March 15, 2010
Westlaw Knows Where You Live and More, But It Always Did
One of the other changes in Westlaw is the way public documents searches are handled. The WestlawNext concept of searching across databases is now part of Westlaw's PeopleMap. One search will bring all records associated with a person, including assets and relationships to other people in a graphical flow chart. Those other individuals are also subject to the same kinds of search with a single click.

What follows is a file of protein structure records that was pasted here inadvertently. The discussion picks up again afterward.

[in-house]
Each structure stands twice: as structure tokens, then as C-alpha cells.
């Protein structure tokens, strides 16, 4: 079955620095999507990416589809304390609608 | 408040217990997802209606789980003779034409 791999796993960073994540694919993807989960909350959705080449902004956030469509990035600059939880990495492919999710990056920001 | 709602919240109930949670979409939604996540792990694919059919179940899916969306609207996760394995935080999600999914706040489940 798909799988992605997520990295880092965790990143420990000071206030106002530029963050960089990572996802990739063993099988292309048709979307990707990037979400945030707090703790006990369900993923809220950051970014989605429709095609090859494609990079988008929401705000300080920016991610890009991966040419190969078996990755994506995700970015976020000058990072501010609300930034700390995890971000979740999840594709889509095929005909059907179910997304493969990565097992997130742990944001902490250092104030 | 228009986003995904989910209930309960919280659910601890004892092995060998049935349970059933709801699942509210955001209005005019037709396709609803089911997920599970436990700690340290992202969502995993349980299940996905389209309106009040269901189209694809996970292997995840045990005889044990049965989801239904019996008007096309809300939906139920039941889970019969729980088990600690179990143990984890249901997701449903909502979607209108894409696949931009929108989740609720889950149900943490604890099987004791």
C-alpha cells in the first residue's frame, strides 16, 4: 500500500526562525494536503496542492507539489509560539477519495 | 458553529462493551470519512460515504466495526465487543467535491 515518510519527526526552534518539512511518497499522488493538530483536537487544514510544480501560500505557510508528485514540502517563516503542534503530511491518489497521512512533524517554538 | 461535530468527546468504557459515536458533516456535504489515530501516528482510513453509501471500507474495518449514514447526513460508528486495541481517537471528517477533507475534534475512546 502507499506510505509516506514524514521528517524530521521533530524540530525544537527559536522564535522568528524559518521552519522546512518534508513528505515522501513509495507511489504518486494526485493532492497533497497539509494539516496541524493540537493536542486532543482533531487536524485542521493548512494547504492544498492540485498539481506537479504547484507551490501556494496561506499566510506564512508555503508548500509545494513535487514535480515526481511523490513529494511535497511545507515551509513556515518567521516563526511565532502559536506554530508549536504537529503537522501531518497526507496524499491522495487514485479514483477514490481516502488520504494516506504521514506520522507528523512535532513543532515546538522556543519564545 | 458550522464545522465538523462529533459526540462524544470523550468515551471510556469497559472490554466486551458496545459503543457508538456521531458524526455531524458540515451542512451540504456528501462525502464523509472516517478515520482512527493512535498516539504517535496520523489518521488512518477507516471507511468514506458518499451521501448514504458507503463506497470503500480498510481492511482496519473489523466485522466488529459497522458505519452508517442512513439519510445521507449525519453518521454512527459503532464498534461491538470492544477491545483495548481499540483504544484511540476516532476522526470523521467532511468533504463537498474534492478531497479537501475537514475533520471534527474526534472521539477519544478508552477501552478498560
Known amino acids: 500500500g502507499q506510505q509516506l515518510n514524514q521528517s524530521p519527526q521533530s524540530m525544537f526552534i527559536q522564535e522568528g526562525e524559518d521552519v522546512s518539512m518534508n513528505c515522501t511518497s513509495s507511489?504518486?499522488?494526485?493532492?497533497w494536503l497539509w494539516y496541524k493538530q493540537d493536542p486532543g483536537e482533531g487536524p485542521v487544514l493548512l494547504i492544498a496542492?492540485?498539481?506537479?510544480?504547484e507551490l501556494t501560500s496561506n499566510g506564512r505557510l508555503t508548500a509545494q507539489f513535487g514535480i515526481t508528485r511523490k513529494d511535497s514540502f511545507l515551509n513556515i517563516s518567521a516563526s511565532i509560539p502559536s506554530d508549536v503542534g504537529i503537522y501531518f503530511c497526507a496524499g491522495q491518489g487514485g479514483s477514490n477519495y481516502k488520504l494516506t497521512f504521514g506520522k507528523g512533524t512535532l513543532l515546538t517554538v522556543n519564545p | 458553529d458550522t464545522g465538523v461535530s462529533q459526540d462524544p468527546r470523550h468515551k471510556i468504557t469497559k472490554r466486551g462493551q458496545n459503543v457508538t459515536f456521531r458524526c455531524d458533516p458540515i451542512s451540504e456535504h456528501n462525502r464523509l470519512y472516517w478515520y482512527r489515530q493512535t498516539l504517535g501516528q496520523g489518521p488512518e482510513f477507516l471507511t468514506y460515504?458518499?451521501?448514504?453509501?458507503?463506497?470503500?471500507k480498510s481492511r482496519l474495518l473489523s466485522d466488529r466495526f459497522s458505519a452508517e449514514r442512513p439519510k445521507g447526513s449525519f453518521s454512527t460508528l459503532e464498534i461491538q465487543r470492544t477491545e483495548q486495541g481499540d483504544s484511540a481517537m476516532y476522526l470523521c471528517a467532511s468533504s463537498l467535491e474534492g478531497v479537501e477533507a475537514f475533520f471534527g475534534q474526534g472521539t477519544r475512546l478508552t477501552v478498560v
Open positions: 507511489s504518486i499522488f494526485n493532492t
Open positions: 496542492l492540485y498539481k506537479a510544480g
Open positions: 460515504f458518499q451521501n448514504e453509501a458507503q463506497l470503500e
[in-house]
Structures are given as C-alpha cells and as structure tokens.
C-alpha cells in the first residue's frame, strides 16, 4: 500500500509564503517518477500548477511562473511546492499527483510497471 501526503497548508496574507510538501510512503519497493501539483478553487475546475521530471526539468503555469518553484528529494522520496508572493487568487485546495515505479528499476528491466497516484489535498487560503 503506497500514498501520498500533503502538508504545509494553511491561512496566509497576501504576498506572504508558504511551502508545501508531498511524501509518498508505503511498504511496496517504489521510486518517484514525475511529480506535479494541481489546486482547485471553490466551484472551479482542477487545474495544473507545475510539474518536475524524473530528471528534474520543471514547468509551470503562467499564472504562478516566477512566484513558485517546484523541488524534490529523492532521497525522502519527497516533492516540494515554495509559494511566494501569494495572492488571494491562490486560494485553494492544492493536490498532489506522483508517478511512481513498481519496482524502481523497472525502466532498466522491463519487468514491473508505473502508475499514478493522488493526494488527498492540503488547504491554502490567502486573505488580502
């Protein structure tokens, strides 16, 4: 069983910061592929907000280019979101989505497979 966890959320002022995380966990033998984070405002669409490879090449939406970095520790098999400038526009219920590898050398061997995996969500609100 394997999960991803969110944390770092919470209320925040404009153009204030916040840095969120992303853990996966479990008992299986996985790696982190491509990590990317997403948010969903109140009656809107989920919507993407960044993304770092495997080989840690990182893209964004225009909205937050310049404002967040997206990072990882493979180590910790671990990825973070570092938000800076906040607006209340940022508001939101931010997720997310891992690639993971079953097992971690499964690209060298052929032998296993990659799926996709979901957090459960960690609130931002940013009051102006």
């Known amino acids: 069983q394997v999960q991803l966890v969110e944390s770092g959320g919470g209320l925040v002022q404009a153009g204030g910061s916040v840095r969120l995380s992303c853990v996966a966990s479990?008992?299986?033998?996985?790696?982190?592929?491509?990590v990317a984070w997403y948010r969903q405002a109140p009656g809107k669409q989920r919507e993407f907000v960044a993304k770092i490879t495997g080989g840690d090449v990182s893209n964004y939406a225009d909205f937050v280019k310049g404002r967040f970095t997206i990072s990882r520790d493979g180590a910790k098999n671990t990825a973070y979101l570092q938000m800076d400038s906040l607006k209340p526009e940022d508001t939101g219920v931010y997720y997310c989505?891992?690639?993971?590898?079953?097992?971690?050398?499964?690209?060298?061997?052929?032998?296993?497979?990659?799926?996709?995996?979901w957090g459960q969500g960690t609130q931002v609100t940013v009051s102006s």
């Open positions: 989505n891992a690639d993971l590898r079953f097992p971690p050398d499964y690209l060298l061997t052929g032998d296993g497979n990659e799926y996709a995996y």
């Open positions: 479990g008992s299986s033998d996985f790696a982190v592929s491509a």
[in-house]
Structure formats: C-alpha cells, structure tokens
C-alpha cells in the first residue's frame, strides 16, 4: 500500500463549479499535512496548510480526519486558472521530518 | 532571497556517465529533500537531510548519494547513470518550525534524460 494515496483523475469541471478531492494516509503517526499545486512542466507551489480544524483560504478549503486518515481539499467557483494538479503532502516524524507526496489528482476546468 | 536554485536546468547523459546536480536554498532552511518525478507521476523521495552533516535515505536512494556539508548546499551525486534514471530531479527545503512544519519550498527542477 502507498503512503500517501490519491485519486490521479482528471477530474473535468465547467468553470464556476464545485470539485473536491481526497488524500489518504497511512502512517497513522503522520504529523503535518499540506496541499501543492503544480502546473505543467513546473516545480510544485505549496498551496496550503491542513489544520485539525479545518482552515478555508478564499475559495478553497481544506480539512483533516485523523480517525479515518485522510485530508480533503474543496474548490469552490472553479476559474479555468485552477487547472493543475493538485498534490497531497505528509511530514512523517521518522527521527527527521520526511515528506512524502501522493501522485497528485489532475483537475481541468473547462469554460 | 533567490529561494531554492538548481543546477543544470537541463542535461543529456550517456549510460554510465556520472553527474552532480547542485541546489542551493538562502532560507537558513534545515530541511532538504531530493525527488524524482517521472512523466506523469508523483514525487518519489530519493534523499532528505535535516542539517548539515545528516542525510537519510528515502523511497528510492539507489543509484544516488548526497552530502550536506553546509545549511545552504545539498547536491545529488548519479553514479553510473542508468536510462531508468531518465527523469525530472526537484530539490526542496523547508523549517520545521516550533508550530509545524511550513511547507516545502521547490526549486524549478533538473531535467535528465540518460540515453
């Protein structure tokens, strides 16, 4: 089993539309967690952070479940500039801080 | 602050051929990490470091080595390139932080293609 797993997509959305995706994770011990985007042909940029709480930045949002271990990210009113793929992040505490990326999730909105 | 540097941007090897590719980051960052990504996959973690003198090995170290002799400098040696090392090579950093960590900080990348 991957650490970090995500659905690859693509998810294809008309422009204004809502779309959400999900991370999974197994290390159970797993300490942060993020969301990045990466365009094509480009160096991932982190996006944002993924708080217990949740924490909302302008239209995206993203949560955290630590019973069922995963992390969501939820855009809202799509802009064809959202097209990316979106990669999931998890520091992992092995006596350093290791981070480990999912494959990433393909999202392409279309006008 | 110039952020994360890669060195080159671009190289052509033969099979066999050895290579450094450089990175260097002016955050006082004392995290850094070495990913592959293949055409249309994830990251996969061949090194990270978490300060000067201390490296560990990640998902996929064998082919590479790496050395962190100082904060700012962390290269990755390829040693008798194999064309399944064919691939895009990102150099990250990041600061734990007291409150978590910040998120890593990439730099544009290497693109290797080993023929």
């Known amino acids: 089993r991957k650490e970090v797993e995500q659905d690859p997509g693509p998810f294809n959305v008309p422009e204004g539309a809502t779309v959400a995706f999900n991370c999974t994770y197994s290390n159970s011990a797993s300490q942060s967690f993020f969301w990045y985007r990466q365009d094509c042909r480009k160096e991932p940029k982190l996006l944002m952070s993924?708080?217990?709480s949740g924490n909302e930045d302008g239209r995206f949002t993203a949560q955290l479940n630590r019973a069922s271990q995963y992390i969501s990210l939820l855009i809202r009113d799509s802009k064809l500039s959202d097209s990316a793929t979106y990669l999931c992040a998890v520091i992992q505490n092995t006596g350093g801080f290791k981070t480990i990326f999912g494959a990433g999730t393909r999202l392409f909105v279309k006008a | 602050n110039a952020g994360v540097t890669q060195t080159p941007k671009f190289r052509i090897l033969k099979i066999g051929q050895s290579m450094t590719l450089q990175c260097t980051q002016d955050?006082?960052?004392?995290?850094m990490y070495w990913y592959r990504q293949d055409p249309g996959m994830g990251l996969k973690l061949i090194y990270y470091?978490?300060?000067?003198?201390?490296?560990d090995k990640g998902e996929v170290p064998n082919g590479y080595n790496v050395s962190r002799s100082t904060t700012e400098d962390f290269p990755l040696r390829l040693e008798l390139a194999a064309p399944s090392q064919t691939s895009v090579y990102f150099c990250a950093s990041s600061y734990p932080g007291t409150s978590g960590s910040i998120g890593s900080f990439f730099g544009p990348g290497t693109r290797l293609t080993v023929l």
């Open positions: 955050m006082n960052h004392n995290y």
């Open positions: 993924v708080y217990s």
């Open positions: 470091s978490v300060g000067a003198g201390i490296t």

I remember several years back teaching part of a CLE for the Illinois Attorney General's Office and getting clearance to see the law enforcement side of the databases where the information on people is, what's the word, a bit more "granular" than the simple public records side. I assume Thomson Reuters is adding the same search capability to that part of the database as well. There was public outrage when the Pentagon "Total Information Awareness" project was proposed to collect information on individuals domestically. Although Congress killed the project, it lives onin a more diffuse form with parts of it at other agencies. I think the government has an easier time by simply buying the same information from the commercial sector. No one seems to mind that for some reason. From a law enforcement perspective, what's not to like in PeopleMap? The West product page for PeopleMap is here. [MG]